A Special and Onerous Concept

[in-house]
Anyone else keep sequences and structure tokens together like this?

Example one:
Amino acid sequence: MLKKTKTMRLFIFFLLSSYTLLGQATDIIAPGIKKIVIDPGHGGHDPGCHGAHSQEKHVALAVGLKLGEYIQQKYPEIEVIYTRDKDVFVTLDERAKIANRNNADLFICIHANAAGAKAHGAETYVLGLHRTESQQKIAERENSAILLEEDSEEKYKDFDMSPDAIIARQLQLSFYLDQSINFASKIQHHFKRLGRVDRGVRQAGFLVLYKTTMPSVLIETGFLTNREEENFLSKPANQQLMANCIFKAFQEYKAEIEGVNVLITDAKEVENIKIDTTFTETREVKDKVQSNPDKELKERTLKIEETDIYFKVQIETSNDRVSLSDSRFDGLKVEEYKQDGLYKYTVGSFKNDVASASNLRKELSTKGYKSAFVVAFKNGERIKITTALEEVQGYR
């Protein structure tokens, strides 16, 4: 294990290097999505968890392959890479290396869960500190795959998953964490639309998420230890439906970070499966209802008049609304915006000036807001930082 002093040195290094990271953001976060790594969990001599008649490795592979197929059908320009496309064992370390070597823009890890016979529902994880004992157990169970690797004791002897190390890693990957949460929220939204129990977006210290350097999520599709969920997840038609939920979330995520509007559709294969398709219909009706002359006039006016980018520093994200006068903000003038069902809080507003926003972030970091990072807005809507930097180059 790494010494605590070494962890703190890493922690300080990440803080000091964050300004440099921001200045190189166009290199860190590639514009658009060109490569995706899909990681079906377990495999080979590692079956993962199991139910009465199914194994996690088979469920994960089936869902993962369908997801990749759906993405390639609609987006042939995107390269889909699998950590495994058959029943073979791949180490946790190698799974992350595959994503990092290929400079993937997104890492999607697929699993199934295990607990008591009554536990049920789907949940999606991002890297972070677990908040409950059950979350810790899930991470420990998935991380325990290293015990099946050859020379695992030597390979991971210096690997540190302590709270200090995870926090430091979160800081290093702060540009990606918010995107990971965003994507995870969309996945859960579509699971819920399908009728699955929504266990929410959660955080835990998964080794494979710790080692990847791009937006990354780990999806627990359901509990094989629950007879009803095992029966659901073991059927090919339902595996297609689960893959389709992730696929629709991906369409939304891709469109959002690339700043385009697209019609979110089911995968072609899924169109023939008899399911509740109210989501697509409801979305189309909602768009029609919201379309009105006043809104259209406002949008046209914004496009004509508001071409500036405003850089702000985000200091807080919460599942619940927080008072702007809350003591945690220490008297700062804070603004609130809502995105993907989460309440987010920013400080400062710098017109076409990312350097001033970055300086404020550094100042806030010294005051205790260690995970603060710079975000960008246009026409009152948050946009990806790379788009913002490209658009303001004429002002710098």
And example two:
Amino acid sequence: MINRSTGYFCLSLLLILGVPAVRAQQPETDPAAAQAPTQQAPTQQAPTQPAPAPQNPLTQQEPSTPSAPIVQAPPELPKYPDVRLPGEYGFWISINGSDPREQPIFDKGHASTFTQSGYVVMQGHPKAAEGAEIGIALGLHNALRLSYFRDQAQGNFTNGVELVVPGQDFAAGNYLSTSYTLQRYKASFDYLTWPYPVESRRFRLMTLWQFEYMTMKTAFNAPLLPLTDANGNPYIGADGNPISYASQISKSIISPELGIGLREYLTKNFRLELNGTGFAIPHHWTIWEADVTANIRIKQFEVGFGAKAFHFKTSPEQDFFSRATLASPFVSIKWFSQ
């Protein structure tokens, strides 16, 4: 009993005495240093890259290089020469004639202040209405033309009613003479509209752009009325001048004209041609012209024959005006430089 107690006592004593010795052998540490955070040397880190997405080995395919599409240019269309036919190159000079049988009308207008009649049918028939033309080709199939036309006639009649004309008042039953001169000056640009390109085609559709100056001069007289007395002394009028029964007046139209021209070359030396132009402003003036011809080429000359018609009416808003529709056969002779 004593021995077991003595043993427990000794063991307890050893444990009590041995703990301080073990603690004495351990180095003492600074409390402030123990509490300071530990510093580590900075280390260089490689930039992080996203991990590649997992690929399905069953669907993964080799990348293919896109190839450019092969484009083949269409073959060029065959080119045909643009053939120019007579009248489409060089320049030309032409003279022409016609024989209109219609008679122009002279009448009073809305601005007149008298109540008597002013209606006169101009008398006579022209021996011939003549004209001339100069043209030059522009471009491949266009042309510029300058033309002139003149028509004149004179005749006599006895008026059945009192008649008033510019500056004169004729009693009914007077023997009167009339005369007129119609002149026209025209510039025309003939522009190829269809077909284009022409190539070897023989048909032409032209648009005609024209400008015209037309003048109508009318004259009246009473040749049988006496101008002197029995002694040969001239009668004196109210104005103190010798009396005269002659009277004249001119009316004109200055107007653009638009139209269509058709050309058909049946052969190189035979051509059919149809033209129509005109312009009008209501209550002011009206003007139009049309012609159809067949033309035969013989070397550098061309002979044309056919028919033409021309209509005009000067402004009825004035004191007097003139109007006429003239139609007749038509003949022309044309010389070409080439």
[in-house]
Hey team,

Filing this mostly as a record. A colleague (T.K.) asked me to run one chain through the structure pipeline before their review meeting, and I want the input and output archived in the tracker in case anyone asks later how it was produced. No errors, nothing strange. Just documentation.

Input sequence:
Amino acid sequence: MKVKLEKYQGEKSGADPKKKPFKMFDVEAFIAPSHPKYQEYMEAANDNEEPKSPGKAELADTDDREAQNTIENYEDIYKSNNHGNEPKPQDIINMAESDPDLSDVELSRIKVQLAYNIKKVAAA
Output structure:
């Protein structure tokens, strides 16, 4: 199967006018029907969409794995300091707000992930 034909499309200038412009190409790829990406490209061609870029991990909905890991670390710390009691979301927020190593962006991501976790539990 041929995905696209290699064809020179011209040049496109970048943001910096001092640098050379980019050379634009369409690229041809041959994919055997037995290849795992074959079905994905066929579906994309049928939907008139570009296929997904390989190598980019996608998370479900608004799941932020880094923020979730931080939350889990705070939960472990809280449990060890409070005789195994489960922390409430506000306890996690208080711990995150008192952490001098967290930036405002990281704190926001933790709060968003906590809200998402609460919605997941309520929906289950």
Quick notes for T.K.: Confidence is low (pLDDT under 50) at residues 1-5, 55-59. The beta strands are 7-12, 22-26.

This chapter examines the concept of adaptation and how it is applied (and sometimes misapplied) to cooperation. It starts with George C. Williams's idea that adaptation is a “special and onerous concept that should be used only where it is really necessary,” which he articulated in Adaptation and Natural Selection. It then considers different levels of explanation that help clarify the notion of adaptation, fortuitous benefits and by-product mutualism in relation to adaptation, and the link between adaptation and natural, artificial, social, and sexual selection. It also explores how phylogeny constrains natural selection, the ways that adaptations solve specific problems found in specific environments, and how adaptation influences judgment. Finally, it analyzes the role of culture and language in adaptation and evolutionary explanations of morality.
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